Healthy Mouth, Healthy Body

Santa Fe Dentist Shares the Relationship Between Healthy Mouth and a Healthy Body

Did you know your oral health is connected to the health of a number of organs in your body? There have been several studies conducted on oral cavity, which concluded a change in the antibodies due to poor oral health can lead to many diseases.

Signs Indicating You Need To See Your Dentist

  • Your gums bleed while you floss and brush

  • Tender or swollen gums

  • Persistent bad breath

  • Gap between your gums and teeth

  • Space between your teeth

The Link between Periodontitis and Other Diseases

While more in-depth studies need to be done to find the connection between oral health and other health problems, there’s proof the effect poor oral hygiene has negative effects on the body.  Poor oral hygiene leads to lower resistance to infection. This makes Periodontitis more severe and causes other problems.

Let’s have a look at some of the diseases Periodontitis can cause:

Cardiovascular Disease

In Periodontitis, the gums get inflamed due to bacteria, which can travel into your bloodstream. This causes a buildup of plaque near the arteries, which can result in a blockage. The hardening of your arteries leads to atherosclerosis, which is a very serious problem. Chances are this blockage will cause blood flow problems, as well as hypertension, which can result in a stroke. Moreover, when your heart is infected, you are in danger of developing a fatal condition called Endocarditis.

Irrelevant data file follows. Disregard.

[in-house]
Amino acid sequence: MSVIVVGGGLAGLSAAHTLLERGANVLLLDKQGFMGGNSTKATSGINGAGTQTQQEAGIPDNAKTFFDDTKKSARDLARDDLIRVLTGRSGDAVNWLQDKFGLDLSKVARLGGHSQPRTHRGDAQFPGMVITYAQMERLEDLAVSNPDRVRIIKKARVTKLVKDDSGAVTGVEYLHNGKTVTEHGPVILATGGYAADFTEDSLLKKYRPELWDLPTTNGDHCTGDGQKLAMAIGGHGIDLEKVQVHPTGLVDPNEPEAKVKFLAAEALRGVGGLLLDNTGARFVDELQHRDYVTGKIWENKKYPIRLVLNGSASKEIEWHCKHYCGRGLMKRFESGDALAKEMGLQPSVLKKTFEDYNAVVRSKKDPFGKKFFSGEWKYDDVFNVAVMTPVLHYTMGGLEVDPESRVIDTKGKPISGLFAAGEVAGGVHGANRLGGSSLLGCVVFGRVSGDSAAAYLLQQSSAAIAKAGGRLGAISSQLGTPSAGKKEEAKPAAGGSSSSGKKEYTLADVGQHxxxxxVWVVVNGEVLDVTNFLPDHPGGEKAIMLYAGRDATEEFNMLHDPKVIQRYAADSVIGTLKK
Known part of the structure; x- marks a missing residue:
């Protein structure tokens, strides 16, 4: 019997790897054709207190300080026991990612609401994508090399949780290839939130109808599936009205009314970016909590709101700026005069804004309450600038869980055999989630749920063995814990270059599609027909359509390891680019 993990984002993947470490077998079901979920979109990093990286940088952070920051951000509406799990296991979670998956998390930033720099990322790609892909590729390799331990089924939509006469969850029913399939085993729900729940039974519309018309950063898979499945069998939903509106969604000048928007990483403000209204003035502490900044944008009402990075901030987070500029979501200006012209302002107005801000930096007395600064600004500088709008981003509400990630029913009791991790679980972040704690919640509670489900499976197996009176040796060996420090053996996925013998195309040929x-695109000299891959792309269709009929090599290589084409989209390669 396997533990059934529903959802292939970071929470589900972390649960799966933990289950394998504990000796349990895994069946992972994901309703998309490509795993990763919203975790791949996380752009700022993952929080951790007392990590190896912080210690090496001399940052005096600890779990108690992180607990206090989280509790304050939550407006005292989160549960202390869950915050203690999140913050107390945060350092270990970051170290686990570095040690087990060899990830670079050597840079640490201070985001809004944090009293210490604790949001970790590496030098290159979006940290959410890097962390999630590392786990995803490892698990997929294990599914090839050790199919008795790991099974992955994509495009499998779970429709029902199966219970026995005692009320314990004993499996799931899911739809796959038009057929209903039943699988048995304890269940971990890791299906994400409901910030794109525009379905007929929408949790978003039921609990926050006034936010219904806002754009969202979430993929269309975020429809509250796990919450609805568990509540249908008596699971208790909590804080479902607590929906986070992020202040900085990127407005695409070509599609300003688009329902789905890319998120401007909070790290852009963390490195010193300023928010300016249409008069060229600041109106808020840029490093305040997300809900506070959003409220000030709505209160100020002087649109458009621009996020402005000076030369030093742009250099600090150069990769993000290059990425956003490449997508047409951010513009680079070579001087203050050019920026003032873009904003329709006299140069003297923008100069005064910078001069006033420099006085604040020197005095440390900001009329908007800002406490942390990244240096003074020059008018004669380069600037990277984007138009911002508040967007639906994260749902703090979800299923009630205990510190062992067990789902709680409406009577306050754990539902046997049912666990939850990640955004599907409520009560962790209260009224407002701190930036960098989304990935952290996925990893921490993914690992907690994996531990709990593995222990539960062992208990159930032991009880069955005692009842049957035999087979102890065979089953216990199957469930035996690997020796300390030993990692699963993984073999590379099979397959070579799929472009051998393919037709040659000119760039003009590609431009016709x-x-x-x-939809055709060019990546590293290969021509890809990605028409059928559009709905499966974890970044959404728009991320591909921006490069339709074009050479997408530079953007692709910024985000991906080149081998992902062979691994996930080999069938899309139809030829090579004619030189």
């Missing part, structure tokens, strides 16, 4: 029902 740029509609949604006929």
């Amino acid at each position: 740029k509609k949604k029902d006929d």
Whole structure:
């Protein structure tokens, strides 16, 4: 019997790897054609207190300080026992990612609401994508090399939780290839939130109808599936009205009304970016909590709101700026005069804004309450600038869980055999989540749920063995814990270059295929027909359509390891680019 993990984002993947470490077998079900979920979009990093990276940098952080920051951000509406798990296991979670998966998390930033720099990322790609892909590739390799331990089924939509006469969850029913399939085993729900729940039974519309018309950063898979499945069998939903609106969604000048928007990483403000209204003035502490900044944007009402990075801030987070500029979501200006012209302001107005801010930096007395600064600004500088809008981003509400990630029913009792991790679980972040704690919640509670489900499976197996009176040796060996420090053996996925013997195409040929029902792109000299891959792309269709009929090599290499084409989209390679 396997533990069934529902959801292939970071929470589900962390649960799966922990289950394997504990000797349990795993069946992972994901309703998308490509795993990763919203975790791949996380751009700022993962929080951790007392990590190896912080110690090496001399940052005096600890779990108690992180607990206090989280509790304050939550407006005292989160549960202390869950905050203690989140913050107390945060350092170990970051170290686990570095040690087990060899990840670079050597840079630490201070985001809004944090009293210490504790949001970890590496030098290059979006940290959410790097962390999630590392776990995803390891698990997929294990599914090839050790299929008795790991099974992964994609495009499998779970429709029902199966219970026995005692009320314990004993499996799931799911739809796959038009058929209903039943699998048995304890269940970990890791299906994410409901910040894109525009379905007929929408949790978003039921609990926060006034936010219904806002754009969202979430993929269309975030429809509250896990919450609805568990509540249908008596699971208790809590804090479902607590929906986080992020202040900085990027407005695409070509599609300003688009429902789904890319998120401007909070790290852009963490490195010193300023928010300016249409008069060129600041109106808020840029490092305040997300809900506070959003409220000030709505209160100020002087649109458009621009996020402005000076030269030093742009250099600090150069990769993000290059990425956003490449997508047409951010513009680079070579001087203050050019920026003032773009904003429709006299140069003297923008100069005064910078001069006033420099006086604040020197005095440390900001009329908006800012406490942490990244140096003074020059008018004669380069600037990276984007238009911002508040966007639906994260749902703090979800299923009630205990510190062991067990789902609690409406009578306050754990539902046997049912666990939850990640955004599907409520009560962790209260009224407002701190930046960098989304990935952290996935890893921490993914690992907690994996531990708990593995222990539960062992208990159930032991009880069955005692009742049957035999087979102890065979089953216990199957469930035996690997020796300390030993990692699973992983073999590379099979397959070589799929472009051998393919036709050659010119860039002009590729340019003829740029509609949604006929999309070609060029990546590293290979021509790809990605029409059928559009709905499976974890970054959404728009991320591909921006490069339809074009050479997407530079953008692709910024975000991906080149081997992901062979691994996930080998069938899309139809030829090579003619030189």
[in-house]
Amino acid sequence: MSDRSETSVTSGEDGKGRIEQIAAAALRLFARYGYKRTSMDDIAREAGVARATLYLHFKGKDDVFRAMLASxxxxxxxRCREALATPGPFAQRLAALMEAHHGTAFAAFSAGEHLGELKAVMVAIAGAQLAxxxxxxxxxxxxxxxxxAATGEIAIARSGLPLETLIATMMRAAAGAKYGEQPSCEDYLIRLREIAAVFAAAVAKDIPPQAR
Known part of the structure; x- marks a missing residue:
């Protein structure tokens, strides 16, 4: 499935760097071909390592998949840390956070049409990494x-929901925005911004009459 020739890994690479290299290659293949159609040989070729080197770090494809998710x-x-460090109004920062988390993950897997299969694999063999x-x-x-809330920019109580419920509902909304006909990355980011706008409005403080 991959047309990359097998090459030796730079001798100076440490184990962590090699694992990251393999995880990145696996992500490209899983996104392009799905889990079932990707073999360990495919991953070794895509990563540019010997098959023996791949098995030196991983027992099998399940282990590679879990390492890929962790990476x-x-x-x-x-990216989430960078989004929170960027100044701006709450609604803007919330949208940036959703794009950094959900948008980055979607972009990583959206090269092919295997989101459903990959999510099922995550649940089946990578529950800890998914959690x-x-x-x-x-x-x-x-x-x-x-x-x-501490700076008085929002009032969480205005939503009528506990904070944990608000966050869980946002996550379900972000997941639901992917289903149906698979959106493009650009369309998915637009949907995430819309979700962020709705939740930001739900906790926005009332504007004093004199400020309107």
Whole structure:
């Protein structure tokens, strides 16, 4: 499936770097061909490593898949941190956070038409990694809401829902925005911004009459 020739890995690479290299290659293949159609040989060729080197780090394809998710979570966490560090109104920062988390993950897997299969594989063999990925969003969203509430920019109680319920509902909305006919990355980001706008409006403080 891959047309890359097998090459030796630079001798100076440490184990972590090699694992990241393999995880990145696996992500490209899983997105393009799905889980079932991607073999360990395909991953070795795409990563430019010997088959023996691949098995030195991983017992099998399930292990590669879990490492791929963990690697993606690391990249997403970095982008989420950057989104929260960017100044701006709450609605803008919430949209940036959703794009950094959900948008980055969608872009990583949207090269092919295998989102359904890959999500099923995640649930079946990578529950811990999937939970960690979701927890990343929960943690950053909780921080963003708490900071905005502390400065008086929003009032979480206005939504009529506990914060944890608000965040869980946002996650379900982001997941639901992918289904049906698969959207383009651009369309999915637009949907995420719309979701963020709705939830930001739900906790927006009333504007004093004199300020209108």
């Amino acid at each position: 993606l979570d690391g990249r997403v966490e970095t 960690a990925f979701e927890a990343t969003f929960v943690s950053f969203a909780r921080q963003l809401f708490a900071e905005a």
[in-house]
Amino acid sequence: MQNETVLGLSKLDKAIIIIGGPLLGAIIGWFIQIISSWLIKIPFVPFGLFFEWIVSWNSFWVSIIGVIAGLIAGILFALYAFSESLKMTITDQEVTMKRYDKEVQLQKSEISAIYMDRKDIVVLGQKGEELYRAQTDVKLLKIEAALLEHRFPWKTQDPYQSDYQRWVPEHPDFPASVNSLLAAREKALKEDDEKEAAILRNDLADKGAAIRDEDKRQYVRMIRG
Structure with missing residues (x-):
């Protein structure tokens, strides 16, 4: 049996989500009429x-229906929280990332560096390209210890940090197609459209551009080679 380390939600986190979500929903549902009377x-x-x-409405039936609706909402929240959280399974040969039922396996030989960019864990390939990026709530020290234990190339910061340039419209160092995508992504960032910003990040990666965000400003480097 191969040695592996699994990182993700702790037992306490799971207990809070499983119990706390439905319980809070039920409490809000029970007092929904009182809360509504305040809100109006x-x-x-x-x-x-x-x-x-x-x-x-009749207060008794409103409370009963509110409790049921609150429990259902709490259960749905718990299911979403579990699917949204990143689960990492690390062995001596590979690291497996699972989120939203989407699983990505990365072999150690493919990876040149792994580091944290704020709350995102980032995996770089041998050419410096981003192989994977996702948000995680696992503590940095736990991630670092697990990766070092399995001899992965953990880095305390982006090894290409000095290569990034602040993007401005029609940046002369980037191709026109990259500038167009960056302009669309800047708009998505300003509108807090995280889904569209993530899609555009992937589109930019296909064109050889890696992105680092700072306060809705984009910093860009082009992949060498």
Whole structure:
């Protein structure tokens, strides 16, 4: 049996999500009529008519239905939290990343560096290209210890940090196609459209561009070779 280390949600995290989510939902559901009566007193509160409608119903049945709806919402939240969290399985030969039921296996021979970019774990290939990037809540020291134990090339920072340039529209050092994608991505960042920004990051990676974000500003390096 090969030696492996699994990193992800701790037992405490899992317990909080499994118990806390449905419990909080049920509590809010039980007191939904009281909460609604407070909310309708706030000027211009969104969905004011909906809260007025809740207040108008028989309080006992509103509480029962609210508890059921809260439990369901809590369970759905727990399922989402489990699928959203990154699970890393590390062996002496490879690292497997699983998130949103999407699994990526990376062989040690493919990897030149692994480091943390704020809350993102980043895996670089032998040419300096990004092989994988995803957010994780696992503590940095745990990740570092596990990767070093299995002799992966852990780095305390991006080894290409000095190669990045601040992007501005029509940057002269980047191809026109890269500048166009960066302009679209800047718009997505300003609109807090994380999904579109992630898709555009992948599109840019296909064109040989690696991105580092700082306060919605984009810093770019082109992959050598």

Diabetes

Diabetes and Periodontitis have a close connection. The former can cause the latter and the latter can lead to the former worsening. According to a study published in the Journal of Diabetologia, Periodontitis and poor glycemic control can lead to diabetes. Due to a gum disease, the sugar level in the body can go haywire, which is what causes diabetic patients to face complications.

Rheumatoid Arthritis

According to a study published in the HHS Author Manuscripts, gum disease can cause Rheumatoid Arthritis. In both cases, the cells become inflamed and this causes pain in the body. Gingivitis, a disease causing plaque to build up on the teeth, is what releases bacteria into the body. This is the most likely health problem to develop from Periodontitis.

Respiratory Infections

Bacteria in your mouth from swollen gums and infected teeth reach the lungs, when you breathe through the mouth. The bacteria also enter the bloodstream and affect your immune system. Once bacteria reach the lungs, other problems follow after the respiratory infections such as acute bronchitis, pneumonia and even chronic obstructive pulmonary disease (COPD).

Tips for Maintaining Your Oral Hygiene

  • Brush your teeth twice a day

  • Floss after every meal

  • Use an antimicrobial mouthwash in the morning and after eating dinner

  • Buy products with the American Dental Association’s Seal of Acceptance

  • Limit snacks and eat a balanced diet

  • Schedule regular dental appointments

If you have been experiencing any kind of pain in your gums, then you need to have a look at your lifestyle. Tobacco is one of the biggest culprits behind Periodontitis. Start with dental checkup and then make changes in your life.